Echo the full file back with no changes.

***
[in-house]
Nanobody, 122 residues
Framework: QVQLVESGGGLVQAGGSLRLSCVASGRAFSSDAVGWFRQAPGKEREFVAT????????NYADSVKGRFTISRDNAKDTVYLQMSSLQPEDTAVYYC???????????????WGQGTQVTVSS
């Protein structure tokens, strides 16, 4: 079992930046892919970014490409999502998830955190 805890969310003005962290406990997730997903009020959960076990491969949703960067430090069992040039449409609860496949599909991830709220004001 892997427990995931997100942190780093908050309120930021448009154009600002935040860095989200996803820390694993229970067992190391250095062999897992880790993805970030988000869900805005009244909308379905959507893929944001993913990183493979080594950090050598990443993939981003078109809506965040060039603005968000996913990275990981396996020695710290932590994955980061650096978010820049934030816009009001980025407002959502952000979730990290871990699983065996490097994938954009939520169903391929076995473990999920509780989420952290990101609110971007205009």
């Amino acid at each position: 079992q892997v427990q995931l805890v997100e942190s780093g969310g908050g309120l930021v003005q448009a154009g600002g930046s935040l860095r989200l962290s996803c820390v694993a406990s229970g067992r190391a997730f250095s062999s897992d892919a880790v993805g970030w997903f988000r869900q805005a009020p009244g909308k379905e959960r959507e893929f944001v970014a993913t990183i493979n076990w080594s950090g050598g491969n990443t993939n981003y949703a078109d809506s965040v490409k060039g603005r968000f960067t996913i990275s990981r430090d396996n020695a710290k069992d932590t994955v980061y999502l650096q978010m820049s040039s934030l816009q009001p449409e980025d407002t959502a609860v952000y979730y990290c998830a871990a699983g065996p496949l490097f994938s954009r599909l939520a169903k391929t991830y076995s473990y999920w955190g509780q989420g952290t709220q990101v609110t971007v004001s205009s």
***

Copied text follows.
[in-house]
Nanobody, 122 residues
Framework: QVQLVESGGGLVQAGGSLRLSCVASGRAFSSDAVGWFRQAPGKEREFVAT????????NYADSVKGRFTISRDNAKDTVYLQMSSLQPEDTAVYYC???????????????WGQGTQVTVSS
């Protein structure tokens, strides 16, 4: 079992930046892919970014490409999502998830955190 805890969310003005962290406990997730997903009020959960076990491969949703960067430090069992040039449409609860496949599909991830709220004001 892997427990995931997100942190780093908050309120930021448009154009600002935040860095989200996803820390694993229970067992190391250095062999897992880790993805970030988000869900805005009244909308379905959507893929944001993913990183493979080594950090050598990443993939981003078109809506965040060039603005968000996913990275990981396996020695710290932590994955980061650096978010820049934030816009009001980025407002959502952000979730990290871990699983065996490097994938954009939520169903391929076995473990999920509780989420952290990101609110971007205009």
């Amino acid at each position: 079992q892997v427990q995931l805890v997100e942190s780093g969310g908050g309120l930021v003005q448009a154009g600002g930046s935040l860095r989200l962290s996803c820390v694993a406990s229970g067992r190391a997730f250095s062999s897992d892919a880790v993805g970030w997903f988000r869900q805005a009020p009244g909308k379905e959960r959507e893929f944001v970014a993913t990183i493979n076990w080594s950090g050598g491969n990443t993939n981003y949703a078109d809506s965040v490409k060039g603005r968000f960067t996913i990275s990981r430090d396996n020695a710290k069992d932590t994955v980061y999502l650096q978010m820049s040039s934030l816009q009001p449409e980025d407002t959502a609860v952000y979730y990290c998830a871990a699983g065996p496949l490097f994938s954009r599909l939520a169903k391929t991830y076995s473990y999920w955190g509780q989420g952290t709220q990101v609110t971007v004001s205009s």